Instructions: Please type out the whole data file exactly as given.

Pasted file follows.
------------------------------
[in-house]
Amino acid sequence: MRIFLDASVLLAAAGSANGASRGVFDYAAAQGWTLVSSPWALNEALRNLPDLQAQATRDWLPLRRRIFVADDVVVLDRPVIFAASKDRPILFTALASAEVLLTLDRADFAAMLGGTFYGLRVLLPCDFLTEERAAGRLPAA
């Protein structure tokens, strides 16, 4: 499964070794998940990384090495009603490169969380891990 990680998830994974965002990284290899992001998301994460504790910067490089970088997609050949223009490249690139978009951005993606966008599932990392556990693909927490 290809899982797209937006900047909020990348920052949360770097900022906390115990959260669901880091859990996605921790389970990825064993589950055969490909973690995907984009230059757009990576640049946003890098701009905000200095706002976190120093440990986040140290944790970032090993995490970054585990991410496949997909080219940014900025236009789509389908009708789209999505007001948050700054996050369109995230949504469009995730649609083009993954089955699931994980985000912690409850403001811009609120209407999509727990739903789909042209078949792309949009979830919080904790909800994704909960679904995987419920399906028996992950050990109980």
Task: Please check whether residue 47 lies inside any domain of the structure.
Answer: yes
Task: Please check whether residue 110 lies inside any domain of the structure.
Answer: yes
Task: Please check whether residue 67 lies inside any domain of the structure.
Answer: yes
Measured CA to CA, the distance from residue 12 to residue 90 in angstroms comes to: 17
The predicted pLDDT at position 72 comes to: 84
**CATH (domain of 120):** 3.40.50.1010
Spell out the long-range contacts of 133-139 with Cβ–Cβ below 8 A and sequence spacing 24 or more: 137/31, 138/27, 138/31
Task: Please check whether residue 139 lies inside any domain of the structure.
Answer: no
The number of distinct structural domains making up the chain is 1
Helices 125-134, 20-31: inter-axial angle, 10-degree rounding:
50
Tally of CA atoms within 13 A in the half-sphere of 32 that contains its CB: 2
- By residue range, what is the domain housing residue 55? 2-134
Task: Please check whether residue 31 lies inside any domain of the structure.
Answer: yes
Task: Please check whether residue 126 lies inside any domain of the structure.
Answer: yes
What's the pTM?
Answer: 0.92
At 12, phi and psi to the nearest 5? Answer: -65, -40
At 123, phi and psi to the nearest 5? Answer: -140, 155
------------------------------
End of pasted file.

[in-house]
Amino acid sequence: MRIFLDASVLLAAAGSANGASRGVFDYAAAQGWTLVSSPWALNEALRNLPDLQAQATRDWLPLRRRIFVADDVVVLDRPVIFAASKDRPILFTALASAEVLLTLDRADFAAMLGGTFYGLRVLLPCDFLTEERAAGRLPAA
């Protein structure tokens, strides 16, 4: 499964070794998940990384090495009603490169969380891990 990680998830994974965002990284290899992001998301994460504790910067490089970088997609050949223009490249690139978009951005993606966008599932990392556990693909927490 290809899982797209937006900047909020990348920052949360770097900022906390115990959260669901880091859990996605921790389970990825064993589950055969490909973690995907984009230059757009990576640049946003890098701009905000200095706002976190120093440990986040140290944790970032090993995490970054585990991410496949997909080219940014900025236009789509389908009708789209999505007001948050700054996050369109995230949504469009995730649609083009993954089955699931994980985000912690409850403001811009609120209407999509727990739903789909042209078949792309949009979830919080904790909800994704909960679904995987419920399906028996992950050990109980």
Task: Please check whether residue 47 lies inside any domain of the structure.
Answer: yes
Task: Please check whether residue 110 lies inside any domain of the structure.
Answer: yes
Task: Please check whether residue 67 lies inside any domain of the structure.
Answer: yes
Measured CA to CA, the distance from residue 12 to residue 90 in angstroms comes to: 17
The predicted pLDDT at position 72 comes to: 84
**CATH (domain of 120):** 3.40.50.1010
Spell out the long-range contacts of 133-139 with Cβ–Cβ below 8 A and sequence spacing 24 or more: 137/31, 138/27, 138/31
Task: Please check whether residue 139 lies inside any domain of the structure.
Answer: no
The number of distinct structural domains making up the chain is 1
Helices 125-134, 20-31: inter-axial angle, 10-degree rounding:
50
Tally of CA atoms within 13 A in the half-sphere of 32 that contains its CB: 2
- By residue range, what is the domain housing residue 55? 2-134
Task: Please check whether residue 31 lies inside any domain of the structure.
Answer: yes
Task: Please check whether residue 126 lies inside any domain of the structure.
Answer: yes
What's the pTM?
Answer: 0.92
At 12, phi and psi to the nearest 5? Answer: -65, -40
At 123, phi and psi to the nearest 5? Answer: -140, 155